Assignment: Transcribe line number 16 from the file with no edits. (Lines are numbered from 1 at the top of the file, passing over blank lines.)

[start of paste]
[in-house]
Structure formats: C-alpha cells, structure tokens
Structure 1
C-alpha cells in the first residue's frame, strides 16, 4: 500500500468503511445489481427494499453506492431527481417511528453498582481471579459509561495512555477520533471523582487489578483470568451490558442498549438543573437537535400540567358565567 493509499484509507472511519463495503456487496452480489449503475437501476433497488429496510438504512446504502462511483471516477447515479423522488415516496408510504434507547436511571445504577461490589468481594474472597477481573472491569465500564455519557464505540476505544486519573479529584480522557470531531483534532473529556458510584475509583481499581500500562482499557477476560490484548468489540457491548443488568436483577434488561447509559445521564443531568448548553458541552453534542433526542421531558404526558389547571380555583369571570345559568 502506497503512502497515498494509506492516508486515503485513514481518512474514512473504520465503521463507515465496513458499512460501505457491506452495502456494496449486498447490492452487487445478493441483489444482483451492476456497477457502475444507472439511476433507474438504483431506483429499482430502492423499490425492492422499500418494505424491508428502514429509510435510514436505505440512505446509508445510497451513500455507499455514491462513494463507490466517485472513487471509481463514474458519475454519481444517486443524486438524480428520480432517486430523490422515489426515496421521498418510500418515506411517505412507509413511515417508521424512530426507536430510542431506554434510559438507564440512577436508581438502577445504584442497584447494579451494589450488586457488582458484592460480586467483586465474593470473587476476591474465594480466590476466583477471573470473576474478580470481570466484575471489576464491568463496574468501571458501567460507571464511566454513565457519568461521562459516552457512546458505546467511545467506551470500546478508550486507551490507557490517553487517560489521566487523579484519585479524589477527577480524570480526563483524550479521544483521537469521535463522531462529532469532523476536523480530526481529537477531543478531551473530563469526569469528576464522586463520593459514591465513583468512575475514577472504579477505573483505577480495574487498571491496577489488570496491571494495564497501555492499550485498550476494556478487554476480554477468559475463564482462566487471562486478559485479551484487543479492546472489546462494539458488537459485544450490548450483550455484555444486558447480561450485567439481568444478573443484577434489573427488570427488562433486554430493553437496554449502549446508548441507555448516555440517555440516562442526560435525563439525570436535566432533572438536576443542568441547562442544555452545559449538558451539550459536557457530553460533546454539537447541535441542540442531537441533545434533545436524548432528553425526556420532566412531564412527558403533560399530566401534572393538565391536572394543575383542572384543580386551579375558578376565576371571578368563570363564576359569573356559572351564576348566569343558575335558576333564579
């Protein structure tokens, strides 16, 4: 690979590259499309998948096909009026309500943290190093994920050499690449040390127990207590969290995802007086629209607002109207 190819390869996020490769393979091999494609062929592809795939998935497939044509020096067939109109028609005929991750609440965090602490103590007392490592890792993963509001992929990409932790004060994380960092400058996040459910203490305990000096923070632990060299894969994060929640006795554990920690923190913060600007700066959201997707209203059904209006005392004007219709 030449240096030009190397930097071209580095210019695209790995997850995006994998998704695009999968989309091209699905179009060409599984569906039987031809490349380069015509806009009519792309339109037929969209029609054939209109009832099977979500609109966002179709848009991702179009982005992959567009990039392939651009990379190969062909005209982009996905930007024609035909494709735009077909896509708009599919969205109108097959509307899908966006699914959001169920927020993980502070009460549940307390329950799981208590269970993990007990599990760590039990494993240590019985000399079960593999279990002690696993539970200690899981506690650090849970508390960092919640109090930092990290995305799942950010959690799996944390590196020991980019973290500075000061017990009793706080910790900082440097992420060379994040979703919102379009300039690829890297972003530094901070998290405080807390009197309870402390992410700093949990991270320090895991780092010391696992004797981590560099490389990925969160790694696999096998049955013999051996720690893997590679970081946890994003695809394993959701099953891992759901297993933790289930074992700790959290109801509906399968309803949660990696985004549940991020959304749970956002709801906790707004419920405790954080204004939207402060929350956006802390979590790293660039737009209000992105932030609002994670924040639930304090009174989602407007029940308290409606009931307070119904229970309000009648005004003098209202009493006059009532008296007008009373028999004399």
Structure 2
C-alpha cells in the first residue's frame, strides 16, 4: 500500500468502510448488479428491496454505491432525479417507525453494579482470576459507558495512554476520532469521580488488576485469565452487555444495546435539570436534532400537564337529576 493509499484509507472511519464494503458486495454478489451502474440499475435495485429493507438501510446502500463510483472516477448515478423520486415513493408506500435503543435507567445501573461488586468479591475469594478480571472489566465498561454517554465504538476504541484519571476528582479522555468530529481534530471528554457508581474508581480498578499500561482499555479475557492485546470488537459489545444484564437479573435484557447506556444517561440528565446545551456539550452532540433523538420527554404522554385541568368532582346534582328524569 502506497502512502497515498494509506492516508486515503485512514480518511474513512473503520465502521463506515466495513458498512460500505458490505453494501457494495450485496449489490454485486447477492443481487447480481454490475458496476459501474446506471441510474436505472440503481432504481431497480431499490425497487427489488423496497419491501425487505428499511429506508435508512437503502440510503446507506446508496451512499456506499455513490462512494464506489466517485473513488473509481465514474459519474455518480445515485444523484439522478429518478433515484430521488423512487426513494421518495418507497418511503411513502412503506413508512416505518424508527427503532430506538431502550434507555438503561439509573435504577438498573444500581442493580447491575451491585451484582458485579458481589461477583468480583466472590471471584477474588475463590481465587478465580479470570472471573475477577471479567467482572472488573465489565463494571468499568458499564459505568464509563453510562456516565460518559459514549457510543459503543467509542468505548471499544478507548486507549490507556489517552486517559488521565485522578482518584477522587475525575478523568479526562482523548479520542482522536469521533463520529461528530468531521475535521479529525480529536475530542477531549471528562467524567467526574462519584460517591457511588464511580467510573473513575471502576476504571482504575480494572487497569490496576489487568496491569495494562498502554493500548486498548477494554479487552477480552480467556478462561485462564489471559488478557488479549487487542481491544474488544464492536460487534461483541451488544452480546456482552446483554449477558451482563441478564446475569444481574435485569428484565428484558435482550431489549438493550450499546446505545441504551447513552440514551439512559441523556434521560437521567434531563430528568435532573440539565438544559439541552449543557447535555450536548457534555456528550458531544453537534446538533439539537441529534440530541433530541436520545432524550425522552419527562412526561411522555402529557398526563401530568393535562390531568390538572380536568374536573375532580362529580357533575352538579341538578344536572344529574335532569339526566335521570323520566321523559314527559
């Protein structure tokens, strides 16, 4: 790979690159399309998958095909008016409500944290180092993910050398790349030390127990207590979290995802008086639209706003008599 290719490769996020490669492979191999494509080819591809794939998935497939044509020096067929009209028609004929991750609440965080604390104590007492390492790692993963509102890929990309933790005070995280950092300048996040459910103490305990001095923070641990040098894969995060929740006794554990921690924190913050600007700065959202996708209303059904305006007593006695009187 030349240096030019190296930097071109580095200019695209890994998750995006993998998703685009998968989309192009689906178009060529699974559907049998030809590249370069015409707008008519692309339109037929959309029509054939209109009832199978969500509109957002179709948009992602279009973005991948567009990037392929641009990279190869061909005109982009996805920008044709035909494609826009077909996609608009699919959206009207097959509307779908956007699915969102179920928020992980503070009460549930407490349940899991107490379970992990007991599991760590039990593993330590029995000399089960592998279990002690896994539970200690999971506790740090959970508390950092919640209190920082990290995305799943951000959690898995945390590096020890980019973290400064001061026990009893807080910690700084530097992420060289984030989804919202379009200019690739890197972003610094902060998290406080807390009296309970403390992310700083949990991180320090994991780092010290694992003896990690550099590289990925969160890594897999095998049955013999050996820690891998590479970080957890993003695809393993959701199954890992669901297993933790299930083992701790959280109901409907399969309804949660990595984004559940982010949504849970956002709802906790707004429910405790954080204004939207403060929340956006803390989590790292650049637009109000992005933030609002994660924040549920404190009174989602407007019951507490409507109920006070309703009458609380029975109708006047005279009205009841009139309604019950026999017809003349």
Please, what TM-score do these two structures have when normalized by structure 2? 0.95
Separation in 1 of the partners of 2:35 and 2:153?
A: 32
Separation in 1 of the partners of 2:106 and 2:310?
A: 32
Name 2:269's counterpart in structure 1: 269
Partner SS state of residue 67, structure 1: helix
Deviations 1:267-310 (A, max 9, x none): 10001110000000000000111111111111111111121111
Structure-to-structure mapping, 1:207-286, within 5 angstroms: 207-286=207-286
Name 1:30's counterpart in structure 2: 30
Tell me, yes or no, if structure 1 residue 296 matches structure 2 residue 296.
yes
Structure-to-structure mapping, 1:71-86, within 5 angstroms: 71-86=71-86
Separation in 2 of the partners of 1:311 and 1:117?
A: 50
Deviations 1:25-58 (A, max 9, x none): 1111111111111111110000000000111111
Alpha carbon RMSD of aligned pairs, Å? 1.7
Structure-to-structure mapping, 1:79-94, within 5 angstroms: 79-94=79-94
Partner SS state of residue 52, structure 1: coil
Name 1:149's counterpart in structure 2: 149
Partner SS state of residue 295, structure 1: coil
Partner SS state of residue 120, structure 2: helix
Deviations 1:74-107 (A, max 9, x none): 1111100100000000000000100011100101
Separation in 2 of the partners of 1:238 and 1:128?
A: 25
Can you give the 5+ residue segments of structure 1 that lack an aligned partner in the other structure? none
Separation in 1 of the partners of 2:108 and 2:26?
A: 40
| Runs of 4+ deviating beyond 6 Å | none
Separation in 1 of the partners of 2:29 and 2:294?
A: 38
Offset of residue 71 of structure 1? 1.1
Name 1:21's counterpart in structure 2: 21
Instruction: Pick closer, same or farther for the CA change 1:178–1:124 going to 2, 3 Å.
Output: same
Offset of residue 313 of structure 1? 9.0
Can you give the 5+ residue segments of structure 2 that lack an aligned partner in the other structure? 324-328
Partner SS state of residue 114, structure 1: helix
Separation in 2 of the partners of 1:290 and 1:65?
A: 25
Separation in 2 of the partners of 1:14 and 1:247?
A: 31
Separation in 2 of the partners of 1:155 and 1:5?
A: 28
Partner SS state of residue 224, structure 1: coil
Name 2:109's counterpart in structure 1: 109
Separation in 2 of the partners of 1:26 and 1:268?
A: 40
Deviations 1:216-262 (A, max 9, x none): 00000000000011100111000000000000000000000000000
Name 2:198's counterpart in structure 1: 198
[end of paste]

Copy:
Deviations 1:267-310 (A, max 9, x none): 10001110000000000000111111111111111111121111